In Southwest Florida, Naples is as far south as you can go before you hit the Everglades. This inhospitable landscape was tamed in the 1920s with the construction of the Tamiami Trail and the Seaboard Air Line Railroad.
Naples is a stellar destination with many different things to win you over. There’s majestic nature, marvelous white sandy beaches, sophisticated culture, and dining and shopping in three downtown districts.
In the six years before I wrote this article, two Category 5 hurricanes had made landfall close to Naples. I came not long after Hurricane Ian, and although Naples was licking its wounds, the city was back on its feet already.
1. Naples Botanical Garden
On Bayshore Drive on the south side of town, Naples Botanical Gardens showcases more than 1,000 species of plants, flowers, and trees.
These are mainly from the tropical and subtropical zones, between the between the 26th parallel north and the 26th parallel south
This is a convenient getaway when I’m looking for a little tranquility, and is part of a larger wetland preserve encompassing almost 200 acres.
If I had to pick a standout area, it would be the LaGrippe Orchid Garden, with a multicolored display of orchids from all over the world.
Though it’s fine to explore on your own, I’d join one of the scheduled guided tours for more insight.
2. Delnor-Wiggins Pass State Park
If you’re looking for a beach with less development, there’s a blissful place just north of Naples. Delnor-Wiggins Pass State Park is known for its white sandy beach and clear waters, perfect for swimming and snorkeling.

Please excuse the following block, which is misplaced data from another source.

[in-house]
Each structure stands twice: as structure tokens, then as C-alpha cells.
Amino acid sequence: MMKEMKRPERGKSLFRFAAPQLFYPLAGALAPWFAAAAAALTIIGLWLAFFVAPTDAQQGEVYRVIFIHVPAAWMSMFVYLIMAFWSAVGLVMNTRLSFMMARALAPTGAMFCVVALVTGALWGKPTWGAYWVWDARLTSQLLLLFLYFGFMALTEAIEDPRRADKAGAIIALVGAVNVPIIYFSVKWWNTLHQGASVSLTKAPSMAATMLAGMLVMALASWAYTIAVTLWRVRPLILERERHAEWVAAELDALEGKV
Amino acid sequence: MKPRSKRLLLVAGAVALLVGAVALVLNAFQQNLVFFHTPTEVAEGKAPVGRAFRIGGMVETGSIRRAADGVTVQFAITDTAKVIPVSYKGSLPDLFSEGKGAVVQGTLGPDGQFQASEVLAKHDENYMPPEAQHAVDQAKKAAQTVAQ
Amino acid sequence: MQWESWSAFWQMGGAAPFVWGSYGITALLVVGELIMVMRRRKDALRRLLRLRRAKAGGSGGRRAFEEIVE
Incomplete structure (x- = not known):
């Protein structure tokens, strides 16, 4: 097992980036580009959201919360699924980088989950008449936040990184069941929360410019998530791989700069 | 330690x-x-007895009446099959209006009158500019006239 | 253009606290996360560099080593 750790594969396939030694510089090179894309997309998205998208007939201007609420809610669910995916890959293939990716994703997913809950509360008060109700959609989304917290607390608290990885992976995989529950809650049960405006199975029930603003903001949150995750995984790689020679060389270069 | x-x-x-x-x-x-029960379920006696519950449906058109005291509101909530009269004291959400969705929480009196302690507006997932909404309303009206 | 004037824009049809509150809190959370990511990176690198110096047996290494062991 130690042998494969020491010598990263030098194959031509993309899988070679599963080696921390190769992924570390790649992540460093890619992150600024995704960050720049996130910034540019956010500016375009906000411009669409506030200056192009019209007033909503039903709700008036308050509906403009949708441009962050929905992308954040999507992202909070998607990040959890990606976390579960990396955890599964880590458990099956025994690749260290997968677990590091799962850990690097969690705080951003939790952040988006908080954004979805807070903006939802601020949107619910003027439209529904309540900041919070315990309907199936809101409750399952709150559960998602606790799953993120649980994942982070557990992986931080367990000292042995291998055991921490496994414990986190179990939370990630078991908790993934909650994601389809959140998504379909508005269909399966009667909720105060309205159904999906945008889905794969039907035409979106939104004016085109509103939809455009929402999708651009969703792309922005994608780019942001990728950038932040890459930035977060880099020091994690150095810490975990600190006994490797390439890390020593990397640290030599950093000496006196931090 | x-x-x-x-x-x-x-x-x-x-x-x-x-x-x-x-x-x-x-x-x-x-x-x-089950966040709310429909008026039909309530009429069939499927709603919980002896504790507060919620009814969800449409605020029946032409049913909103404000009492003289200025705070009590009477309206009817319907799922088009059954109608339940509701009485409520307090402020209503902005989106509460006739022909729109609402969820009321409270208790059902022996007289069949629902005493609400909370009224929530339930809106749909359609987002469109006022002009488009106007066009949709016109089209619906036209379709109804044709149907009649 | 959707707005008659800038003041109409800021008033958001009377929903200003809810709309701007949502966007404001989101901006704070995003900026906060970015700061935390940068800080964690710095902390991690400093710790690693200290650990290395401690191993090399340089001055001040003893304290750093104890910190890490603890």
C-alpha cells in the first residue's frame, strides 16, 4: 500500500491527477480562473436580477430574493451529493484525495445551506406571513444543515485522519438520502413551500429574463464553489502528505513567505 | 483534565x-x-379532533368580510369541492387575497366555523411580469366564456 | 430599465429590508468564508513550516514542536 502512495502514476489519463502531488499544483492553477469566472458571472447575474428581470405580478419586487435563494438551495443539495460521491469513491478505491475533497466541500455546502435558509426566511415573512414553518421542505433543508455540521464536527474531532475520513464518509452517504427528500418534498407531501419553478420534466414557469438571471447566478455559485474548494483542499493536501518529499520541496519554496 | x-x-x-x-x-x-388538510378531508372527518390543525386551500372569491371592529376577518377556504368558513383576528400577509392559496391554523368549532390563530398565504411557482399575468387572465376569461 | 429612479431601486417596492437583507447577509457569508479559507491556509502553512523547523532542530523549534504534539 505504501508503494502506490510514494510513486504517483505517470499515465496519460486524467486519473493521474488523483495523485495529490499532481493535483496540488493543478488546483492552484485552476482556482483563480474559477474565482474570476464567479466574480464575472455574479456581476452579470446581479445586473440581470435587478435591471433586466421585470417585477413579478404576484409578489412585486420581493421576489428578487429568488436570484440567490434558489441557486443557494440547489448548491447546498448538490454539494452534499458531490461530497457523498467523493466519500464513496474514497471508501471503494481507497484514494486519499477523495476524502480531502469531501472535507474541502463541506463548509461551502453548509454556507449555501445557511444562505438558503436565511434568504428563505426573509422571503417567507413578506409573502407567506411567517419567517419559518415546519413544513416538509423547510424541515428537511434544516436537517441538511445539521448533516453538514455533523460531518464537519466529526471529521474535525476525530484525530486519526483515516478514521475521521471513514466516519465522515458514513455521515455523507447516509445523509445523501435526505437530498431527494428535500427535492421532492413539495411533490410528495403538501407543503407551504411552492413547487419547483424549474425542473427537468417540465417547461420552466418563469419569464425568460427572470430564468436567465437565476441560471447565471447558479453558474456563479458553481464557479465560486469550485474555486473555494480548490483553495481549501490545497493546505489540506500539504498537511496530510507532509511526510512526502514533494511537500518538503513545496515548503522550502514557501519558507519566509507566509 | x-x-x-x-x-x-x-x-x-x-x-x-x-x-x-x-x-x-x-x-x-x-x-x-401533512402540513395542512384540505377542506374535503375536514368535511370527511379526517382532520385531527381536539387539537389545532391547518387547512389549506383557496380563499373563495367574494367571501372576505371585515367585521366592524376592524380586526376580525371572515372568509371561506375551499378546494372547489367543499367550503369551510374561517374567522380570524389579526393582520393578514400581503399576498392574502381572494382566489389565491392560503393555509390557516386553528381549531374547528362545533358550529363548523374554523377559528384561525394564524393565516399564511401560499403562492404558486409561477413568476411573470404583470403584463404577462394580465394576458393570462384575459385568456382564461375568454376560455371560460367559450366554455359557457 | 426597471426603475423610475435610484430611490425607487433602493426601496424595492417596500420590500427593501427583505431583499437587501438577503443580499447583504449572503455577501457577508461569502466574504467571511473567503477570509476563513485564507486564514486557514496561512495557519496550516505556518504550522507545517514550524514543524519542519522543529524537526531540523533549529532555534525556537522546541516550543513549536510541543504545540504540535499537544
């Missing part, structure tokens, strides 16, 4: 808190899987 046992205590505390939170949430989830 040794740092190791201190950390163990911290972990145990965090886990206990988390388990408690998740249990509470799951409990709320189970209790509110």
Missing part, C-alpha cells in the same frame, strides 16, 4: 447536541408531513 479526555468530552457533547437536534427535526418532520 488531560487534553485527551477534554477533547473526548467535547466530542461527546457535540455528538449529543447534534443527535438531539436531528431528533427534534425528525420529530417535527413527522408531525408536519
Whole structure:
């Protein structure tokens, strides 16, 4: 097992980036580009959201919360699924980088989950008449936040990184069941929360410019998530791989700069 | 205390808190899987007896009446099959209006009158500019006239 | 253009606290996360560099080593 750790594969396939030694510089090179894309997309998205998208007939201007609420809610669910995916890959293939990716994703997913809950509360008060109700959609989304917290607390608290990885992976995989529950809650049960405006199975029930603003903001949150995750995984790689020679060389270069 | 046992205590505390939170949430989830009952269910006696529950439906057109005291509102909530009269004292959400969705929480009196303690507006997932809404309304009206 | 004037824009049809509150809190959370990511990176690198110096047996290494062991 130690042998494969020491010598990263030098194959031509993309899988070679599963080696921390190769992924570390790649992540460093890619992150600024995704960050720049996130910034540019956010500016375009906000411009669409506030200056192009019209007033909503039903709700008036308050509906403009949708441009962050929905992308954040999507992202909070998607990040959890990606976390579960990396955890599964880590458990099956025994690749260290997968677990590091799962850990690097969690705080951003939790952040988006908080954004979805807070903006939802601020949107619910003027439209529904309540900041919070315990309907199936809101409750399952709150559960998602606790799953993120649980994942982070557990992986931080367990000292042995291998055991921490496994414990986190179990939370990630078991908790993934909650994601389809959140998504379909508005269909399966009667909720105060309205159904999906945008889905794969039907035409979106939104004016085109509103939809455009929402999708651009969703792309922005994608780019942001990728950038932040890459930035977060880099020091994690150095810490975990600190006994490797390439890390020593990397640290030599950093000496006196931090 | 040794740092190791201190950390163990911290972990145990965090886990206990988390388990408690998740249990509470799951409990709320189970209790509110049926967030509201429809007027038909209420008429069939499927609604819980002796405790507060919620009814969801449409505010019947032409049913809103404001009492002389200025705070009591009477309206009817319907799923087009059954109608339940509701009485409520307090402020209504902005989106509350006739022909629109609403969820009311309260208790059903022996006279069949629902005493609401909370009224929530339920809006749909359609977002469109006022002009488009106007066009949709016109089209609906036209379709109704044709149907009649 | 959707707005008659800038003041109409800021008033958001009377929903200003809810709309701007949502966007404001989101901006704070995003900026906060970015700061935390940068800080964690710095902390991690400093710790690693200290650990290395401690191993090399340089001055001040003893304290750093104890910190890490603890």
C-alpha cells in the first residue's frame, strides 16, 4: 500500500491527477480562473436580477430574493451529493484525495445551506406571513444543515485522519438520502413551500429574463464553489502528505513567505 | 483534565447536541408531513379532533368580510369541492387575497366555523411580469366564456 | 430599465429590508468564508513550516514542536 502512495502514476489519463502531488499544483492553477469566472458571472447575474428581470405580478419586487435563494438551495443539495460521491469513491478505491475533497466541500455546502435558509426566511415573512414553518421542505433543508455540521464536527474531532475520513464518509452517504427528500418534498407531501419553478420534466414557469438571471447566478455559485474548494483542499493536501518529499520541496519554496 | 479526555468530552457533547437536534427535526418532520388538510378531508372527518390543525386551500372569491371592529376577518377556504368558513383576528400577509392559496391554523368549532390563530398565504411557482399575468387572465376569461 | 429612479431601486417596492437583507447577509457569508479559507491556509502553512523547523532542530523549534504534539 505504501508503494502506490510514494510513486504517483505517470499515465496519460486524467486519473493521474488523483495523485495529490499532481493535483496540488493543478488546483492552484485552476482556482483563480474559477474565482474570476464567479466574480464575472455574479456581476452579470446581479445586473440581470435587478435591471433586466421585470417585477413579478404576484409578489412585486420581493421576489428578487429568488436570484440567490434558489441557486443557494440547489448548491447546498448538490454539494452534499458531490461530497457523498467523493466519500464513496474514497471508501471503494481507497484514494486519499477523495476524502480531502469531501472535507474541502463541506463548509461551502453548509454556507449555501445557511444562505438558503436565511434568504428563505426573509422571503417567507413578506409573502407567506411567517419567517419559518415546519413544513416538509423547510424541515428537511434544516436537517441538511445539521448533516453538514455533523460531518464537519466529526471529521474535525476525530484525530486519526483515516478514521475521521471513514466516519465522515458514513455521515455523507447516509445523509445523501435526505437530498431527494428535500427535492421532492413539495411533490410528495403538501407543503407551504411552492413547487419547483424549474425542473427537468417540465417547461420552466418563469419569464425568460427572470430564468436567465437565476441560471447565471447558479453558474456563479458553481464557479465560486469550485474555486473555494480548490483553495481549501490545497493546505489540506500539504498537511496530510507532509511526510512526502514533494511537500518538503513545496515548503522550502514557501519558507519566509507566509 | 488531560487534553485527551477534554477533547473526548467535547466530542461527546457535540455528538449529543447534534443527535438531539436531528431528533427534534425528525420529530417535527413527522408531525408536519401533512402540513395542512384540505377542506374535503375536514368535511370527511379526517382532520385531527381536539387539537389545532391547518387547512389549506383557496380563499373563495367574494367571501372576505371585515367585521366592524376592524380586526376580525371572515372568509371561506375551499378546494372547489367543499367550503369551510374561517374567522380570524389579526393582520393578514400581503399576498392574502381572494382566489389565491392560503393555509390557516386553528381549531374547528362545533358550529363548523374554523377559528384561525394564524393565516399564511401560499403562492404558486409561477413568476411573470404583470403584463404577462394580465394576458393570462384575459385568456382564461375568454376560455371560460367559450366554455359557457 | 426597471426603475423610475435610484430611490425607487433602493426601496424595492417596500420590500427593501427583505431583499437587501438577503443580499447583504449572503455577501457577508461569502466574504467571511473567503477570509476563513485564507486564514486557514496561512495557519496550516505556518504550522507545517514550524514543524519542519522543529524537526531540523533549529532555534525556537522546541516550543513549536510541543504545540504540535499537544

That beach is truly special, with a mile-long strip of pristine white quartz with a soft texture. Late in the day it takes on a magical quality in the low sun, so this is another essential location at sunset.
When I was here, a lot of the previously lush vegetation had been ripped out by Hurricane Ian. Although the beach had a different appearance, the white sands and crystal clear waters were as beautiful as ever.
3. Corkscrew Swamp Sanctuary
Nature lovers and outdoor enthusiasts won’t have problems filling their schedules when visiting Naples.
This nearby National Audubon Society property is home to a variety of environments, from sawgrass prairie to pine flatwoods. What makes this place unmissable in my book is one of the largest stands of virgin bald cypress in the United States.
The sanctuary was established in the 1950s with the purpose of safeguarding this habitat. You can marvel at these ancient trees along a spellbinding boardwalk, more than two miles long.
During you walk you may see alligators, white-tailed deer, otters, and red-bellied turtles, as well as a diversity of wading birds and songbirds.
4. Naples Zoo at Caribbean Gardens
With a history going back to 1919, Naples Zoo is small by Florida standards, but is not to be missed. This landscape was originally a botanical garden that was revived in the 1950s and then became a full-fledged zoo in the late 1960s.
What caught my imagination here were the spectacular lakes, dotted with islands harboring the zoo’s important collection of primates. You’ll get to see them up close on the Primate Exhibition Cruise.
The giraffe exhibit is a family favorite, as you can feed these lovable animals for a small fee. Also worthy of mention are the spectacular alligator enclosure, with feeding shows, and the century-old botanical plantings.
5. Fifth Avenue South
Take as long as you need to acquaint yourself with Naples’ prime dining, shopping, and entertainment district. Going back to the 1920s, this palm-lined drag has always been Naples’ de facto main street, only with a different name.